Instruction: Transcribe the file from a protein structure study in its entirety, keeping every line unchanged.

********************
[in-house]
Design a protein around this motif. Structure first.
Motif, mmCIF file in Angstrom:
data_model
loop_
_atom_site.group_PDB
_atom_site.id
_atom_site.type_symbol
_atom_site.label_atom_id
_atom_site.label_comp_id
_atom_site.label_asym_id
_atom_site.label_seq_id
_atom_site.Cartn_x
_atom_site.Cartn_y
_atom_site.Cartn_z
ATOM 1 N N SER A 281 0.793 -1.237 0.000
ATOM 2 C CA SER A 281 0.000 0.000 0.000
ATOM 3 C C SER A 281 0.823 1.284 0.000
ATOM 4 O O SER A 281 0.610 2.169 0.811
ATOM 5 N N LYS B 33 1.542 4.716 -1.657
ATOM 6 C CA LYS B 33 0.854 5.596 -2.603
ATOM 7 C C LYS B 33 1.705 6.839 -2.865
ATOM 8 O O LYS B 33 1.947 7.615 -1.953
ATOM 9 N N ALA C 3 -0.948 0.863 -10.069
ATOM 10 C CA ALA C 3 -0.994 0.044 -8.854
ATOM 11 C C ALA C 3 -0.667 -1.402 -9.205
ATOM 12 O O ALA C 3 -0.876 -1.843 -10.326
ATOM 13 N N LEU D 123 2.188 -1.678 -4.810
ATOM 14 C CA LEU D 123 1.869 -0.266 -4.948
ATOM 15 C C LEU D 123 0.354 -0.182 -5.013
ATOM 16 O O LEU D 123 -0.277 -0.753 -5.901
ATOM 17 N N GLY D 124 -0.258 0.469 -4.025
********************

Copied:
[in-house]
Design a protein around this motif. Structure first.
Motif, mmCIF file in Angstrom:
data_model
loop_
_atom_site.group_PDB
_atom_site.id
_atom_site.type_symbol
_atom_site.label_atom_id
_atom_site.label_comp_id
_atom_site.label_asym_id
_atom_site.label_seq_id
_atom_site.Cartn_x
_atom_site.Cartn_y
_atom_site.Cartn_z
ATOM 1 N N SER A 281 0.793 -1.237 0.000
ATOM 2 C CA SER A 281 0.000 0.000 0.000
ATOM 3 C C SER A 281 0.823 1.284 0.000
ATOM 4 O O SER A 281 0.610 2.169 0.811
ATOM 5 N N LYS B 33 1.542 4.716 -1.657
ATOM 6 C CA LYS B 33 0.854 5.596 -2.603
ATOM 7 C C LYS B 33 1.705 6.839 -2.865
ATOM 8 O O LYS B 33 1.947 7.615 -1.953
ATOM 9 N N ALA C 3 -0.948 0.863 -10.069
ATOM 10 C CA ALA C 3 -0.994 0.044 -8.854
ATOM 11 C C ALA C 3 -0.667 -1.402 -9.205
ATOM 12 O O ALA C 3 -0.876 -1.843 -10.326
ATOM 13 N N LEU D 123 2.188 -1.678 -4.810
ATOM 14 C CA LEU D 123 1.869 -0.266 -4.948
ATOM 15 C C LEU D 123 0.354 -0.182 -5.013
ATOM 16 O O LEU D 123 -0.277 -0.753 -5.901
ATOM 17 N N GLY D 124 -0.258 0.469 -4.025